- Any company in good compliance standing would be qualified to participate in the HACCP program.
- The device company would develop a HACCP plan that lists critical control points, monitoring procedures, and corrective action plans for its manufacturing processes.
- The HACCP plan would likely be submitted to FDA for consideration or formal review.
A company that follows the steps above would be eligible for shortened HACCP inspections every two years in place of the current GMP process, which can take several weeks. It is undetermined at this time how many consecutive HACCP inspections a company could go through before having to submit to a full-scale investigation to ensure that the company remains in good standing and can requalify for HACCP inspections. Significant GMP violations discovered during a HACCP inspection could result in the forfeit of a company's HACCP-inspection status. New companies would not be able to apply for HACCP benefits until they had been through a comprehensive initial GMP inspection. New facilities would also be ineligible for immediate HACCP privileges, regardless of the company's record.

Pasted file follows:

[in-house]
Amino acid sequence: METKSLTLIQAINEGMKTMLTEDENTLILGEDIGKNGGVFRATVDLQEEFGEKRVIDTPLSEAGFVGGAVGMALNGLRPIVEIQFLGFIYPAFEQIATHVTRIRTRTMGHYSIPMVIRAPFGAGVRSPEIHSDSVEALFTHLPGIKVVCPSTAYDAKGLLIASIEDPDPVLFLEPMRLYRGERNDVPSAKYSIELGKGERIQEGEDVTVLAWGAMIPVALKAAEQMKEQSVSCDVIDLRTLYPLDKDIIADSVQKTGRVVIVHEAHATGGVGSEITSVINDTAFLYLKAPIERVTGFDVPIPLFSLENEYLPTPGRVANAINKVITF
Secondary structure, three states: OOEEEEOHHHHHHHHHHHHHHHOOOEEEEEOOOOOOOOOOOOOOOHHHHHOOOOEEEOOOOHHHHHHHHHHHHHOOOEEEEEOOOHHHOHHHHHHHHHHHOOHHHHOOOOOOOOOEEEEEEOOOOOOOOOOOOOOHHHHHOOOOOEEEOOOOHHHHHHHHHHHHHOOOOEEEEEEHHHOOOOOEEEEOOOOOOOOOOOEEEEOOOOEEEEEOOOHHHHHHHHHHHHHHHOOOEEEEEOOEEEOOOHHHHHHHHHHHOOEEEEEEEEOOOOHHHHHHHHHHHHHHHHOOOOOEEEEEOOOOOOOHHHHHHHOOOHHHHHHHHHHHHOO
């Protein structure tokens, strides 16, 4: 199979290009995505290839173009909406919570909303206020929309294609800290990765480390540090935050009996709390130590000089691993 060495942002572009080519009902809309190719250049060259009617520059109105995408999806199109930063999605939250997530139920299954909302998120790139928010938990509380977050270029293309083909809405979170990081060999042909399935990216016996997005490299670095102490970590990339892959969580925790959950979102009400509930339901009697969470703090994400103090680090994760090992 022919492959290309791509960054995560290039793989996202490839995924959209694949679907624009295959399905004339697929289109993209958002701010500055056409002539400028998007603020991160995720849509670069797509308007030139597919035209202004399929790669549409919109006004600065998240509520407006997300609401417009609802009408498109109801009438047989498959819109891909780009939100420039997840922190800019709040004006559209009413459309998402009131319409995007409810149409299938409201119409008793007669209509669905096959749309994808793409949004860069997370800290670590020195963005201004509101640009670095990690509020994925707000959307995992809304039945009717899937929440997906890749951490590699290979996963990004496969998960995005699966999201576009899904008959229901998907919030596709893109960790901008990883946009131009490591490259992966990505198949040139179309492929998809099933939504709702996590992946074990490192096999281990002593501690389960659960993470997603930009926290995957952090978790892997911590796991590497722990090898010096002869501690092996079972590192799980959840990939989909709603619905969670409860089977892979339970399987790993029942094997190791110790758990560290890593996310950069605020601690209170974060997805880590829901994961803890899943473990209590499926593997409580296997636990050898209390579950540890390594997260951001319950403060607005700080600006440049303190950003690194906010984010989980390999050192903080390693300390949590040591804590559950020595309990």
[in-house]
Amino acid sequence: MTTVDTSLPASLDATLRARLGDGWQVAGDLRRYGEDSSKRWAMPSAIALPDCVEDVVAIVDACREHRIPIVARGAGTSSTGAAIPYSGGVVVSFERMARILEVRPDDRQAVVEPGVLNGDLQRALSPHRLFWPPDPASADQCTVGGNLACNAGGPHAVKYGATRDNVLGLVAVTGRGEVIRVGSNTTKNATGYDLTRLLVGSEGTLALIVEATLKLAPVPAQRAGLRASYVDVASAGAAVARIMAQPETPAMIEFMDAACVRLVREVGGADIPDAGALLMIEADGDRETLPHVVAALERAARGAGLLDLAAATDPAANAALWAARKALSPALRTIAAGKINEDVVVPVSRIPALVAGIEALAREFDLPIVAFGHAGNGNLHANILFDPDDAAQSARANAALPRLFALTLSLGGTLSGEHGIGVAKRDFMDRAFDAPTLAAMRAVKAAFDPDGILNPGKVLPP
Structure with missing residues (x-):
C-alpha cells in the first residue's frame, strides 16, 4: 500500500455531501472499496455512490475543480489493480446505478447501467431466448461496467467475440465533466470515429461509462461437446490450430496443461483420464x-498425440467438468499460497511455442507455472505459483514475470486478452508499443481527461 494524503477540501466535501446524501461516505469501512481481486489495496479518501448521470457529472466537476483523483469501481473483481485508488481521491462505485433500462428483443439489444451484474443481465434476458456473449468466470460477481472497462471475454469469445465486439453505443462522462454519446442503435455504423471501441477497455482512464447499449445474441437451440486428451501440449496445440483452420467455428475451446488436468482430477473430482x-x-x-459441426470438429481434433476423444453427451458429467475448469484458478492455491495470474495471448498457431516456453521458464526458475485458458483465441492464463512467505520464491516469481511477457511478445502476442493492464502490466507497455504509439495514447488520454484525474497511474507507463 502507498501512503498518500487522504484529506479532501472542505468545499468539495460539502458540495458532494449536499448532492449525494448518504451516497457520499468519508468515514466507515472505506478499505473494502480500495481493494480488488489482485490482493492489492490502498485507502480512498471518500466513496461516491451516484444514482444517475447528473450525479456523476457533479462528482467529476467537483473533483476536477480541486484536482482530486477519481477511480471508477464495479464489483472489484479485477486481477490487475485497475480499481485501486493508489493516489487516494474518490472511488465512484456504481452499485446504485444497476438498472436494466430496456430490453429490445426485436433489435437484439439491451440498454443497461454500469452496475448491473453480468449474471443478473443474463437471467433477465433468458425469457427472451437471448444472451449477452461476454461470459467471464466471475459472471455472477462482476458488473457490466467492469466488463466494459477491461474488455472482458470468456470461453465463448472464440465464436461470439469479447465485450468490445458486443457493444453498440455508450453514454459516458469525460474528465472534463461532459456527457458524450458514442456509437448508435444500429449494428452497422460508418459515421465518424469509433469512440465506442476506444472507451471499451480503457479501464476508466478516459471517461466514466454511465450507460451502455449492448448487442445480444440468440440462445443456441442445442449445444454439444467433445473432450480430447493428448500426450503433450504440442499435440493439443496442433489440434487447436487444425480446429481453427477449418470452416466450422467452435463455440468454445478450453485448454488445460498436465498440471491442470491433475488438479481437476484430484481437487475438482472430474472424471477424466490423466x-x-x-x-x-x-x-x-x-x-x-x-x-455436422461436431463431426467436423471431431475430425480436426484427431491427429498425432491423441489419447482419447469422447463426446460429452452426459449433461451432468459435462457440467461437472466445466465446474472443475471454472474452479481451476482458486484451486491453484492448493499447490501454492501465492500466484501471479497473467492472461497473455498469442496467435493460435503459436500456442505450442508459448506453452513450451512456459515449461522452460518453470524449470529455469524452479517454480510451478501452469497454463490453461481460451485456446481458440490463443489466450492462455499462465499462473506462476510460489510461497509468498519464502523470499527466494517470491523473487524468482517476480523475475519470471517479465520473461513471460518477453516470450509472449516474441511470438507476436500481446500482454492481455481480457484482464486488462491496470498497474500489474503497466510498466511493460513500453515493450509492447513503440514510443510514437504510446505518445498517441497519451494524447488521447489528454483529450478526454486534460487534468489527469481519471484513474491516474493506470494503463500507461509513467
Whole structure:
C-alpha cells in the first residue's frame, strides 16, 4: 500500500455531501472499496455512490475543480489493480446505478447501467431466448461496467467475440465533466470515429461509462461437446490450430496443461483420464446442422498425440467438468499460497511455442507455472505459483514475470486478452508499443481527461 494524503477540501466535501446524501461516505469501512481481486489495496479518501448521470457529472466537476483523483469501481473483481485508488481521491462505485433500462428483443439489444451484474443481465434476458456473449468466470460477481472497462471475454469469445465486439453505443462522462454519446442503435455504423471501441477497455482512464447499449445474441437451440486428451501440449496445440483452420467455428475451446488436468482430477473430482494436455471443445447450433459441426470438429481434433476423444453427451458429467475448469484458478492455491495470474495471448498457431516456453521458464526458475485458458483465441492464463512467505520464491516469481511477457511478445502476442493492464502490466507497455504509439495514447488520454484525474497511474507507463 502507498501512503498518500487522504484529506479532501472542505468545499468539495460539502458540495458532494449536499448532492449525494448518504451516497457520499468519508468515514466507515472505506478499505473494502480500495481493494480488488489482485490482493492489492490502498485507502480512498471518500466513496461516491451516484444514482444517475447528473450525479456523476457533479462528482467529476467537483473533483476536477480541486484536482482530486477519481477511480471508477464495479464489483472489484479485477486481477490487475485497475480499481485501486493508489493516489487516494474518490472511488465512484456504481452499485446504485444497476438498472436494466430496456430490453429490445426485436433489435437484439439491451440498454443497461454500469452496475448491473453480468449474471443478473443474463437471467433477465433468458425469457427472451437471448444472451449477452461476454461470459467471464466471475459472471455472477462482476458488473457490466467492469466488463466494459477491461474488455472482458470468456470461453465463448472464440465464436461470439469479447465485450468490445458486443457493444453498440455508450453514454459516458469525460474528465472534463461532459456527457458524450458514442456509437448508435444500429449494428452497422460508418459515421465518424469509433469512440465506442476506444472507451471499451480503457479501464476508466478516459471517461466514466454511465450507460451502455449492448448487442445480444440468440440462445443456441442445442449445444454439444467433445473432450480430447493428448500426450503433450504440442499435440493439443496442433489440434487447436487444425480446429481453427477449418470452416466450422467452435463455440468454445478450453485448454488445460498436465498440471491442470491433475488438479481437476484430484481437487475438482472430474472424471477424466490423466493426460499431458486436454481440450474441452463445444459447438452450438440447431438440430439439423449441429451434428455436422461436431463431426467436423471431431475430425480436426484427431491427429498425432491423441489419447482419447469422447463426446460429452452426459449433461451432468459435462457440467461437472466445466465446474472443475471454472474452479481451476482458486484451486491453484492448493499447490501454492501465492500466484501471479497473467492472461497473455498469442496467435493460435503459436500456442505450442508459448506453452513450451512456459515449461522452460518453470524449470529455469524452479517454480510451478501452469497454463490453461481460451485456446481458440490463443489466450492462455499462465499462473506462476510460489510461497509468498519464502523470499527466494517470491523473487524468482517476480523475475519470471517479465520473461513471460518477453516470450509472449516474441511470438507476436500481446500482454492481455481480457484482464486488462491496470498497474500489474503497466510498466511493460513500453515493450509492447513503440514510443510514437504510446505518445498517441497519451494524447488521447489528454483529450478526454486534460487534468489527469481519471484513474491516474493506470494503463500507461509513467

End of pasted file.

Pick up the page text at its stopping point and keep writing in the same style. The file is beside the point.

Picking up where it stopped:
In all likelihood, companies will desire to participate in the HACCP program because of the shorter, more predictable nature of these inspections. Inspectors will focus on the essential elements of the HACCP plan produced by the company. Since the manufacturer will have identified CCPs in its HACCP plan, it will know what supporting documentation will likely be audited during the inspection.
The inspection would probably start with a complete facility tour, pointing out the critical processes as defined by the HACCP plan, followed by a brief review of the complaint system and its files. The complaint system evaluation would likely not last more than a few hours since the company—by virtue of participating in HACCP—will have already been deemed to be in substantial compliance based on previous comprehensive inspections. Next, the inspector would likely conduct a front-to-back review of the HACCP plan for each product. Any changes to the plan since its original submission would be considered and evaluated. The remainder of the inspection would focus on the documentation and critical processes as defined by the plan.
It's interesting to note that the efficiency and speed of the HACCP inspectional approach has not gone unnoticed by a separate FDA team working on the Quality Systems Inspection Technique (QSIT) pilot program. This group is now trying to match HACCP's predictability, uniformity, and speed, with particular but limited focus on a few production and process controls and corrective and preventive actions in these areas.